Ben, a keen gamer, seemed most excited by the team's work on creating games using the Scratch GUI programming environment. "It's good — when you're playing on it you're kind of, 'This is cool'," he said.

Herbert noted that the kids would be much less enthusiastic if they bought such a basic game, but that the reaction is different when they are involved. "Because they've written them themselves they play for hours, finding where it goes wrong and what they need to do to make it work better," Herbert said.

According to Ben, the Raspberry Pi "gives you an idea of what's in a computer and how amazing they are, how they can make a computer this small".

Claire, too, said she has learned a lot from playing with the device.

"When you work with computers at school, you don't really learn much about what's inside. With the Raspberry Pi you can see what's going on and you've got a lot more to learn," she said. "It's probably more fun than working with normal computers. It made me respect people who work with computers."


Read more about Raspberry Pi on ZDNet UK.


lego-raspberry-pi-isabelle-herbert.jpg
5 of 6 Isabelle Herbert; photos used with permission

Boreatton scouts' Raspberry Pi Lego case

The Raspberry Pi, which is all about what's inside a computer, doesn't come with a case.

Alan Herbert's daughter Isabelle, who is also part of the team, decided to fix that. She designed an enclosure for the tiny PC using Lego. The picture above shows the Raspberry Pi loaded into the box as it's being built.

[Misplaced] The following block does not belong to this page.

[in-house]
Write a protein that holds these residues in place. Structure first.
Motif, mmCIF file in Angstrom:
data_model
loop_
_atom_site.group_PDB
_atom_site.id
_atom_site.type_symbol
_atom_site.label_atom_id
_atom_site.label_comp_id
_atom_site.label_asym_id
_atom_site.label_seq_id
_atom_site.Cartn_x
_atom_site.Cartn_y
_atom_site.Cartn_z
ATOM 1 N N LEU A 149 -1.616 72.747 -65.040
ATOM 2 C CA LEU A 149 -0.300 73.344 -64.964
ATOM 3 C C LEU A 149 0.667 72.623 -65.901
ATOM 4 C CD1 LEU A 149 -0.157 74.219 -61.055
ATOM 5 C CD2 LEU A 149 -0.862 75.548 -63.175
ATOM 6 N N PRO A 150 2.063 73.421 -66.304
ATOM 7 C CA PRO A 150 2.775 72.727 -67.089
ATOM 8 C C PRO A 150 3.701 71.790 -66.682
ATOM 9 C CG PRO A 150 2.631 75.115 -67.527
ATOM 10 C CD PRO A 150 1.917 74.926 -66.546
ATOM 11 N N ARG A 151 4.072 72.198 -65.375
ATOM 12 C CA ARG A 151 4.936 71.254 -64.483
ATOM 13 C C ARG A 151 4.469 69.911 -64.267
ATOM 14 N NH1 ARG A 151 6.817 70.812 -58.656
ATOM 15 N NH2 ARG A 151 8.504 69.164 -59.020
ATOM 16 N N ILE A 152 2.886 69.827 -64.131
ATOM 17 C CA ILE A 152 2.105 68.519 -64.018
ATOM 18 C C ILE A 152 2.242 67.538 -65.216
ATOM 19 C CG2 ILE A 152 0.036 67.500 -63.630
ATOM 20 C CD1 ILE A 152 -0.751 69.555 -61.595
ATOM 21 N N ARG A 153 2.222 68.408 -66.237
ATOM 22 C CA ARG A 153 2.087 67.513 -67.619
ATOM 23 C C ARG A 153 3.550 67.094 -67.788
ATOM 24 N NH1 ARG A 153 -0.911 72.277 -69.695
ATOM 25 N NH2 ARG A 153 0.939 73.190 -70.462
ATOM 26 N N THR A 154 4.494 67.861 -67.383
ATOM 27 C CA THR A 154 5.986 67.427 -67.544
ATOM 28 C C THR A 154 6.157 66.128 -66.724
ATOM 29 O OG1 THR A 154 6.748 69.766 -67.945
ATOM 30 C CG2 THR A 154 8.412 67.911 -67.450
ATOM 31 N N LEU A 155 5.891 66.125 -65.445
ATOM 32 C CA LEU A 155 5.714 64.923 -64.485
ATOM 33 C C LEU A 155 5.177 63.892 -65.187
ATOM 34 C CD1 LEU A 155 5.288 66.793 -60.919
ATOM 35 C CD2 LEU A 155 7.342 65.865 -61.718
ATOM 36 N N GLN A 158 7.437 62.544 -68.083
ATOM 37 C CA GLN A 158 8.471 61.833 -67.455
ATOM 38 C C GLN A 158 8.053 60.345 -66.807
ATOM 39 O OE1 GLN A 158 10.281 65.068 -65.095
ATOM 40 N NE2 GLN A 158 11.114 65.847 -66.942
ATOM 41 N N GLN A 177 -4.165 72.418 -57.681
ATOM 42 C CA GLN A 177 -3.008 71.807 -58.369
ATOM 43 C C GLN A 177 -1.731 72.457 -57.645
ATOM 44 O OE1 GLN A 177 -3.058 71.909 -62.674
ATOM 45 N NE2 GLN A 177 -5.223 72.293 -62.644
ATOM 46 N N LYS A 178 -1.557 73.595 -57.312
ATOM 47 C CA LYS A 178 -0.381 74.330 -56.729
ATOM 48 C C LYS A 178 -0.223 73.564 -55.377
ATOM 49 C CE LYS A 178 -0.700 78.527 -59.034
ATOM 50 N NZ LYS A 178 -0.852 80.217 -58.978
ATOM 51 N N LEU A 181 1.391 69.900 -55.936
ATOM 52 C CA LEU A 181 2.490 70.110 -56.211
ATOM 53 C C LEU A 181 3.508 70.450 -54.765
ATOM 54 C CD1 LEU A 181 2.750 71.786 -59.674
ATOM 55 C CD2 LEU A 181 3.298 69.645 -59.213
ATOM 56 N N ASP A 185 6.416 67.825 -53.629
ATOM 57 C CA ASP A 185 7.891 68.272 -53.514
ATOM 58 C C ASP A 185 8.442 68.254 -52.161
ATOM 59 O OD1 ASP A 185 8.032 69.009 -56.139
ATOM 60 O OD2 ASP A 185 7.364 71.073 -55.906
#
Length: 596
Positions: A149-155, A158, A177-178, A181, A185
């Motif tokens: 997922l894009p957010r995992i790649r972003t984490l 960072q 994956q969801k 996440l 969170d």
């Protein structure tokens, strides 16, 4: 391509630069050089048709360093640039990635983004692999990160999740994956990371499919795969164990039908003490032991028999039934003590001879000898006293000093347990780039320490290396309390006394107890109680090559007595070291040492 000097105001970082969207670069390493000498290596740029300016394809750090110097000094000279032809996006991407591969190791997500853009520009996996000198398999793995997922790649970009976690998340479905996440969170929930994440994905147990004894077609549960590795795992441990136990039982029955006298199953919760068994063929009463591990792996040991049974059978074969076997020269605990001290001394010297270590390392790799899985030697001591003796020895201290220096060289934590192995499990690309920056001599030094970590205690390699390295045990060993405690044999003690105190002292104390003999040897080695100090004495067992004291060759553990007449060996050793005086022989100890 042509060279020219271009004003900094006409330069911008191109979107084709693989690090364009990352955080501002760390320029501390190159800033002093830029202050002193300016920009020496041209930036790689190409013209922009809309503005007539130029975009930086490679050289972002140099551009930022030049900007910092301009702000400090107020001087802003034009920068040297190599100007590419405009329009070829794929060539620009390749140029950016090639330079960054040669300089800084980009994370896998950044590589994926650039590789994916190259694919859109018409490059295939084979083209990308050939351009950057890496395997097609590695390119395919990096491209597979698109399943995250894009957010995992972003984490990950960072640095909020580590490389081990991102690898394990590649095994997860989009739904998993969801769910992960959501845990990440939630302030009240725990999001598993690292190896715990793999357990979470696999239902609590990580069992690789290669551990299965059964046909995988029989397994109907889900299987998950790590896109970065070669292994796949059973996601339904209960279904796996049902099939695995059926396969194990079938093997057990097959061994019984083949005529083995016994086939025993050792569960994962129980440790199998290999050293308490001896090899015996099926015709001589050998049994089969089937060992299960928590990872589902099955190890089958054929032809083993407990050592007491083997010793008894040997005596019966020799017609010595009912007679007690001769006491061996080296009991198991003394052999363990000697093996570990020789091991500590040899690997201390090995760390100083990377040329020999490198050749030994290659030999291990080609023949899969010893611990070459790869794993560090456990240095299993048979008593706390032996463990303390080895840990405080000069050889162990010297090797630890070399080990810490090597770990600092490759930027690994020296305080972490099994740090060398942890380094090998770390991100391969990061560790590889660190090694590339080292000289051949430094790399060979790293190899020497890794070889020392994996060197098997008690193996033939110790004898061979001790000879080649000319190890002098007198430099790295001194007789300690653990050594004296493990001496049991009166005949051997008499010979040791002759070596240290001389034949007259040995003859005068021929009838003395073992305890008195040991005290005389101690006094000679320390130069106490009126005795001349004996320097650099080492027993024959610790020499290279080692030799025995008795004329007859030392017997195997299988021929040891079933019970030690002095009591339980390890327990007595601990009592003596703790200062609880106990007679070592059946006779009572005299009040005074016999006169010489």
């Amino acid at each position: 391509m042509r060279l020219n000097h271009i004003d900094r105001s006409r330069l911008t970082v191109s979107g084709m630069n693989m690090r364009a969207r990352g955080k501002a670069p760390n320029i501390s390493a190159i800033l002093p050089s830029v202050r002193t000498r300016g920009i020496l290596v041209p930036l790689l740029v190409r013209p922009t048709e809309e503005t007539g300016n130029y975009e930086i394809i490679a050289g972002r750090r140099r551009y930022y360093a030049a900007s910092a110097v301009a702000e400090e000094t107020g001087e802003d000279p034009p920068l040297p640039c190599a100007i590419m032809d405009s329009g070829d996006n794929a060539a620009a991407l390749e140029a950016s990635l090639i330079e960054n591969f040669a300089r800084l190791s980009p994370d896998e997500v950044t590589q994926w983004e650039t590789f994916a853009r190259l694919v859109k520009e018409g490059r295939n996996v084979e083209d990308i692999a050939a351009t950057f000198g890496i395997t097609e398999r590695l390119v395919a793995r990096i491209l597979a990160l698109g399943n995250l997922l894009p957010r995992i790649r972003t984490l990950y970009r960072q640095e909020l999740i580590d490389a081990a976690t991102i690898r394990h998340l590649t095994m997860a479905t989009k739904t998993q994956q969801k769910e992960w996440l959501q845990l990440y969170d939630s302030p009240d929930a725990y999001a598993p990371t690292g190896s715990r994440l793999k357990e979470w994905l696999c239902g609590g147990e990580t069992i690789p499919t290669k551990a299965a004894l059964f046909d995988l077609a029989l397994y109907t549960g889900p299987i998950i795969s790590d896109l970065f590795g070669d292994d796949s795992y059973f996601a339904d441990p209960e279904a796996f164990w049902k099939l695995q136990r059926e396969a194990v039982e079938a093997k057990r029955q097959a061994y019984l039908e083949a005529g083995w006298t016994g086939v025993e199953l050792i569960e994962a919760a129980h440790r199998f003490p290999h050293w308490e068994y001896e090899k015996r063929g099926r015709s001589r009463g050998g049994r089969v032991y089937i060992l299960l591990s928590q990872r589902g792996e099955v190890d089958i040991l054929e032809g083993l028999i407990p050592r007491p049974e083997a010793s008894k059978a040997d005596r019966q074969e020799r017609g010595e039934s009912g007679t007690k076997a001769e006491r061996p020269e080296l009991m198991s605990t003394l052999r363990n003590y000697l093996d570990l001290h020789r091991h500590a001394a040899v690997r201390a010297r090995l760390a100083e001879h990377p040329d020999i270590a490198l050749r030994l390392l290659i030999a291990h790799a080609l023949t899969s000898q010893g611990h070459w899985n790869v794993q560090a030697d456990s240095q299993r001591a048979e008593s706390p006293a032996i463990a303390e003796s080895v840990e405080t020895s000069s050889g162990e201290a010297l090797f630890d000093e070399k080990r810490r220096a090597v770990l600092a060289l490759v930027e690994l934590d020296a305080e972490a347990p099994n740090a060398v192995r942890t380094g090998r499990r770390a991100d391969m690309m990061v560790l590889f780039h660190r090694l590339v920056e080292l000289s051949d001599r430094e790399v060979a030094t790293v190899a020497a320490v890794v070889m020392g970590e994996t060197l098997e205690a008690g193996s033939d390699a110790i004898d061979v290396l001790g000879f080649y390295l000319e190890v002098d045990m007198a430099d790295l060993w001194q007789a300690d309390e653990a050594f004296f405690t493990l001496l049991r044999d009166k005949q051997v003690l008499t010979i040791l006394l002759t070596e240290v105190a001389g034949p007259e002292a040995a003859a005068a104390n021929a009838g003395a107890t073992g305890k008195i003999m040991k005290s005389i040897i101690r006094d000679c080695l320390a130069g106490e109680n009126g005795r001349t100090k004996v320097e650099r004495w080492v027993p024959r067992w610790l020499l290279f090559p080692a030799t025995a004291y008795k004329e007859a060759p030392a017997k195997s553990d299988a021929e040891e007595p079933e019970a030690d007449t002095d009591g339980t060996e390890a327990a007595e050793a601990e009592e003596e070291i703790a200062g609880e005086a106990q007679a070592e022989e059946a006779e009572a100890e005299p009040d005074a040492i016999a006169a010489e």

Read more about Raspberry Pi on ZDNet UK.


scouts-raspberry-pi-isabelle-herbert-4.jpg
6 of 6 Isabelle Herbert; photos used with permission

Boreatton scouts' Raspberry Pi Lego case finished

The Lego case she designed for the tiny PC, complete with lid and Raspberry Pi logo, is pictured above, and full instructions can be found at the Raspberry Pi Foundation blog.


Get the latest technology news and analysis, blogs and reviews delivered directly to your inbox with ZDNet UK's newsletters.


Related Galleries

Holiday Zoom backgrounds: Christmas cheer, New Year's Eve, and winter scenes
3D Rendering Christmas interior

Related Galleries

Holiday Zoom backgrounds: Christmas cheer, New Year's Eve, and winter scenes

34 Photos
No PlayStation 5 or Xbox Series X? These game consoles take you back to the future
analogue.jpg

Related Galleries

No PlayStation 5 or Xbox Series X? These game consoles take you back to the future

10 Photos
Winter Zoom backgrounds: New year, new virtual meeting decor
Wooden lodge in pine forest with heavy snow reflection on Lake O'hara at Yoho national park

Related Galleries

Winter Zoom backgrounds: New year, new virtual meeting decor

21 Photos
Bond, James Bond: The Tech of Sean Connery's 007
b218e870-fe8d-4476-9e05-2e2498b33511.jpg

Related Galleries

Bond, James Bond: The Tech of Sean Connery's 007

21 Photos
Miss baseball? Zoom with a virtual background of your favorite team's stadium
01-angels-stadium.png

Related Galleries

Miss baseball? Zoom with a virtual background of your favorite team's stadium

31 Photos
Best apps for life under lockdown
1-supercook-eileen-brown-zdnet.png

Related Galleries

Best apps for life under lockdown

24 Photos
Obsolete tech: Gone but not forgotten
obsolete tech gone but not forgotten zdnet

Related Galleries

Obsolete tech: Gone but not forgotten

19 Photos